Sep 20, 2023, 06:28AM

Classic Songs: “Bela Lugosi’s Dead”

The story of Bauhaus' signature song.

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On August 16, 1956, Bela Lugosi laid down to take a nap in his Los Angeles apartment. Lugosi was a Hungarian actor known for playing Count Dracula and other horror film roles in a 50-year career. At 6:45 p.m., his wife Hope returned from work to discover Lugosi dead in bed. He was 73. The cause of death was a heart attack.

Two decades later, a 20-year-old bass player named David John Haskins (aka David J) and his friend guitarist Daniel Ash were bingeing on late-night vampire movies in Northampton, England. The two recently joined a band called Bauhaus. They told their other two bandmates, drummer Kevin Haskins and singer Peter Murphy, that it’d be cool to write a song about vampires.

While biking home from his job at a warehouse packing boxes of lard, David J was inspired by a song idea. He wrote lyrics on colored shipping labels from his job. “I came up with that first line, ‘White on white, translucent, black capes back on the rack.’ And it was like, ‘Oh, this is interesting.’ It’s so descriptive—it’s about the vampire. It’s also about the actor—it’s about retiring from the part, but… a vampire can never retire from being a vampire, because that’s for eternity.’”

David J brought the lyrics to band rehearsal. Lead singer Peter Murphy came up with a vocal melody and the band improvised instrumental parts. Daniel Ash’s moody guitar riff was inspired by an old Gary Glitter song (“Rock and Roll”). Kevin Haskins, who was just learning drums, played a ticking bossa nova beat. David J’s pulsing bassline was a funky dub reggae rhythm. Three minutes into the song, Murphy makes his vocal entrance with a bleak and gloomy baritone.

The song is theatrical with brooding and hypnotic vocal effects and atmospheric tones like a haunting dirge. The lyrics depict Lugosi’s funeral with swooping bats and “virginal brides” marching past his coffin. The corpse is “left alone in a darkened room” as Murphy sings “Bela Lugosi’s dead” only to learn he’s actually “undead, undead, undead.”

Six weeks later, the four musicians met at Beck Studios in Wellingborough for their first recording session. 21-year-old Murphy had never recorded into a studio microphone before. He also had a cold. The session lasted six hours and the resulting 9-1/2 minute song was captured in a single take. The band had no way of knowing they were about to inspire a new music genre called Goth.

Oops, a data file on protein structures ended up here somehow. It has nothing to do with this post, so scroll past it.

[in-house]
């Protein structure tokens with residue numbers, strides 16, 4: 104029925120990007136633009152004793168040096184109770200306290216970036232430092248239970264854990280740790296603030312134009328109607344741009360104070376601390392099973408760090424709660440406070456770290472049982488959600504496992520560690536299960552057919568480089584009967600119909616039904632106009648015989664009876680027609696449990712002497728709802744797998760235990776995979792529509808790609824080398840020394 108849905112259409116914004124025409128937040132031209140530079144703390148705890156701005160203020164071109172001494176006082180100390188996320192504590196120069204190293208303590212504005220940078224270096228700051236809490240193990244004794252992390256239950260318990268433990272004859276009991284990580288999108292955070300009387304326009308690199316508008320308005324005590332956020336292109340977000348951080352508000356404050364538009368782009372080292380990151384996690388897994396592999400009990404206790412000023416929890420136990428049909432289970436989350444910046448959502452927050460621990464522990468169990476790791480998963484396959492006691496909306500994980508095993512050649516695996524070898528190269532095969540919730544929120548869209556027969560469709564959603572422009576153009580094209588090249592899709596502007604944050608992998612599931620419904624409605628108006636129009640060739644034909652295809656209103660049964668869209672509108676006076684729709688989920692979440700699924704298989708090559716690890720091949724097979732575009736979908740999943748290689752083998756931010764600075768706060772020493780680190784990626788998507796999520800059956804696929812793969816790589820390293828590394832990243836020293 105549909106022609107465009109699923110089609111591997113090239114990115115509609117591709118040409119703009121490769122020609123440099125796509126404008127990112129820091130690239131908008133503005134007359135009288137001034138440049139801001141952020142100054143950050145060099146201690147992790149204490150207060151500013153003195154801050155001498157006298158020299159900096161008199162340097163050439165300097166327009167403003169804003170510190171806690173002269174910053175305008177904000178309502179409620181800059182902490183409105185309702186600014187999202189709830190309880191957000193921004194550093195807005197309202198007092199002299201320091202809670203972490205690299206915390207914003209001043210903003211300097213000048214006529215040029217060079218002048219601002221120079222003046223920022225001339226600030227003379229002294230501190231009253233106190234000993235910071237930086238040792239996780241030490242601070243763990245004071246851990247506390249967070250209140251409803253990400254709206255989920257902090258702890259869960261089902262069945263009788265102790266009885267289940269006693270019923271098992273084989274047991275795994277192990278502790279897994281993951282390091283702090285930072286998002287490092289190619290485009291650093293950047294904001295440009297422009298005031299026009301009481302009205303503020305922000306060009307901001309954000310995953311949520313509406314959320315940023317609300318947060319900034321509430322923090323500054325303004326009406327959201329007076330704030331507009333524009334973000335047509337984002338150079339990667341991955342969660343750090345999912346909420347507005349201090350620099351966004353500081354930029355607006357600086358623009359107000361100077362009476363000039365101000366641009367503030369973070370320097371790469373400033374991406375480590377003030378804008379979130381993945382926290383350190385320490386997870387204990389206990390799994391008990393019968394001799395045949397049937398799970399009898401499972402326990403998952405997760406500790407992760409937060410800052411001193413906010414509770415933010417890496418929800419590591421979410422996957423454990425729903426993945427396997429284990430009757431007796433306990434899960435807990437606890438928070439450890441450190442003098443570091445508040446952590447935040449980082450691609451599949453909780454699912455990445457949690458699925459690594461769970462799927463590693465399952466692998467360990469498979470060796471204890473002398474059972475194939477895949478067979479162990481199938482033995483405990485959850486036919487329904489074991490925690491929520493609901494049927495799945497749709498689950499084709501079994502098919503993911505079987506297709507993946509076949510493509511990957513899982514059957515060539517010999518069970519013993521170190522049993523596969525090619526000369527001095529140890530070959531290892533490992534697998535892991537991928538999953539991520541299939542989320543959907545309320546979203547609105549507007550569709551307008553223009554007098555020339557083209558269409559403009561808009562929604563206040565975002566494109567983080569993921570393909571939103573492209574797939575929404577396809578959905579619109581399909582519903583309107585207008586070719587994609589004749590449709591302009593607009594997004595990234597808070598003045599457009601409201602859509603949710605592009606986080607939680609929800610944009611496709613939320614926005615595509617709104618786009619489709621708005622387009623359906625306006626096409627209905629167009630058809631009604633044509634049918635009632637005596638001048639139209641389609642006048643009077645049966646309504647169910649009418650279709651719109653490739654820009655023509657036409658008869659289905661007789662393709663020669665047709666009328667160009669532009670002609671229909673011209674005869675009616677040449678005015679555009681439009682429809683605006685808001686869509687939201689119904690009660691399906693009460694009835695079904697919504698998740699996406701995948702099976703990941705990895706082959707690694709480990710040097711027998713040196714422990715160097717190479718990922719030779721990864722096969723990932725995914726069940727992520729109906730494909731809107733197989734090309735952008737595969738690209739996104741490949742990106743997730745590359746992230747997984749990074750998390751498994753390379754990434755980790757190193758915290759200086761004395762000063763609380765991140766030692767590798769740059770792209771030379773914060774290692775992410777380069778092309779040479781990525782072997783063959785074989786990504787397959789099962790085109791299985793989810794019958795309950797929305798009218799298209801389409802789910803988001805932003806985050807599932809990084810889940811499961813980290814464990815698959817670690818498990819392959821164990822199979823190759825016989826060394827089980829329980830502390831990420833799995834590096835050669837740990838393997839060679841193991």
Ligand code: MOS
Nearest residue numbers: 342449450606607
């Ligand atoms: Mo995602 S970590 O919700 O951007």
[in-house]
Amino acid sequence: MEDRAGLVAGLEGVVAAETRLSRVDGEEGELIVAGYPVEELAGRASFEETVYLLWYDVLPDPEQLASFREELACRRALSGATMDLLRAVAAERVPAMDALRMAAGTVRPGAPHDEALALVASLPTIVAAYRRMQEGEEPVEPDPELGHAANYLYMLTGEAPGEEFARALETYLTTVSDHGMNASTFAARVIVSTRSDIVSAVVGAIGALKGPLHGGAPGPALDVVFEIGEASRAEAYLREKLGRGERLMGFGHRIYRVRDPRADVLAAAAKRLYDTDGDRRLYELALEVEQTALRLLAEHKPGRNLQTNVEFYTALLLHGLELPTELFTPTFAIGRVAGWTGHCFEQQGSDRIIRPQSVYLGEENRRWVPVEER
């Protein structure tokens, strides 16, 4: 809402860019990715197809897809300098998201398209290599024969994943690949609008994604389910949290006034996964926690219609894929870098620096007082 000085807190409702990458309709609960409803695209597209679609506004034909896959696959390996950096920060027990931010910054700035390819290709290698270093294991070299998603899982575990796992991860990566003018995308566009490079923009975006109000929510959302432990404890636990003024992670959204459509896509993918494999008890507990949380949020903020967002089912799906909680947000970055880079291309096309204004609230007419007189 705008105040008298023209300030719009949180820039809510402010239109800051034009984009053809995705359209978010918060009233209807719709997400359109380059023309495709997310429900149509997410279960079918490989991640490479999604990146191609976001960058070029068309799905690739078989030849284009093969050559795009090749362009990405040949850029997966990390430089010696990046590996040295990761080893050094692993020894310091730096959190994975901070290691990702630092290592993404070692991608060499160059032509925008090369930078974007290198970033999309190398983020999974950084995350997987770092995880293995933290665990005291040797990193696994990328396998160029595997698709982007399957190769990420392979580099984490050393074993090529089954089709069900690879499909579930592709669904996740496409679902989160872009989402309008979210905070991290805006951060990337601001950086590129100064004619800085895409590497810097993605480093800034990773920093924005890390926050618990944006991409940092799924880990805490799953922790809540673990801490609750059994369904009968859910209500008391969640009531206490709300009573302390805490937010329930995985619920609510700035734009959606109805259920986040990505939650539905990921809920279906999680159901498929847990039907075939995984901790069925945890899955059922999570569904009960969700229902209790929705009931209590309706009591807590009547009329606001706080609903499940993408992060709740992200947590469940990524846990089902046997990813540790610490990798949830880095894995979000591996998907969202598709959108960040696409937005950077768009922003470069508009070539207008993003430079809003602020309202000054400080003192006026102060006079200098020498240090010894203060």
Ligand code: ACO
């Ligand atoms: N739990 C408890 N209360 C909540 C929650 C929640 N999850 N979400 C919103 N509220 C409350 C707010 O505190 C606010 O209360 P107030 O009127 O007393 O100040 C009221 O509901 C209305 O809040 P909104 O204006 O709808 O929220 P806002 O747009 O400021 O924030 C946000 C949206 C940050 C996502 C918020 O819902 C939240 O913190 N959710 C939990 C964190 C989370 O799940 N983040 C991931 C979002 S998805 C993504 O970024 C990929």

Relying on heavy bassline, ethereal guitar and haunting vocals, goth music took over England. New bands appeared like Siouxsie and the Banshees, The Cure, Sisters of Mercy and Killing Joke. Goth clubs popped up in every major city as did a new fashion sense focusing on black garb, black lipstick and black eyeliner.

‘“Bela Lugosi’s Dead” became the ‘Stairway To Heaven’ of the 1980s,” Murphy said. But it wasn’t an easy sell at first. Virgin, EMI and Beggars Banquet all rejected the song. They said it wasn’t commercial and should be edited down to three minutes. It took a year until the song was released as a 12-inch single by Small Wonder Records in August 1979.

The song was too long for mainstream radio but became a staple of indie radio. John Peel invited Bauhaus to record a Peel Session on BBC Radio 1. Listeners jammed BBC switchboards asking them to play the song again. Bauhaus signed with 4AD Records who released their debut album In The Flat Field. NME described the record as “Gothick-Romantick pseudo-decadence.” Bauhaus moved to the larger parent company, Beggars Banquet.

After the song appeared in the opening sequence of the 1983 erotic vampire film The Hunger starring David Bowie, Bauhaus gained a mainstream audience. They didn’t immediately embrace the goth ethos preferring the term “dark glam.” “It’s funny, because I sometimes say we weren’t goth,” said Daniel Ash. “That term was a bit of an insult in England back then. We were lumped in with Alien Sex Fiend, Sex Gang Children and Specimen, who we all thought were really crap.”

“The song has a timeless quality,” said drummer Kevin Haskins. “I marvel at what we did. We were just four young kids who wanted to make something unique, without having much idea what we were doing. But that song came out of it.”

Bauhaus toured between 1981–83 and released three albums. Before recording their fourth album Burning From the Inside, Murphy contracted pneumonia. The band made the album without him, creating a rift. Bauhaus broke up in 1983 playing their final show at the Hammersmith Palais in London. They reunited in 1998 for a tour then broke up again before releasing a final album in 2008. Band members went on to form Tones on Tail and Love and Rockets while Murphy formed Dali’s Car then moved on to a successful solo career.

Rolling Stone ranked “Bela Lugosi’s Dead” as #60 in their “100 Greatest Debut Singles of All Time.” The Guardian rated the song #19 on the 50 key events in indie music history. Nine Inch Nails, Massive Attack and Nouvelle Vague all covered the song. Saturday Night Live used the song for their skit “Goth Talk” while Bauhaus was parodied on Beavis and Butthead and South Park.

  • Born in the mid-70’s, by time I was old enough to notice people the goths just seemed like weirdos. I remember being in elementary school and seeing the goths all decked out. I’m sure they were high school kids. Some great music though. By time I was old enough to start forming my own musical opinions, grunge hit and I rode that wave. Grunge being new and cool I rejected the goth and glam rock and grease-monkey rock that those an older than me enjoyed. As I matured, I began to discover and appreciate more of that music.

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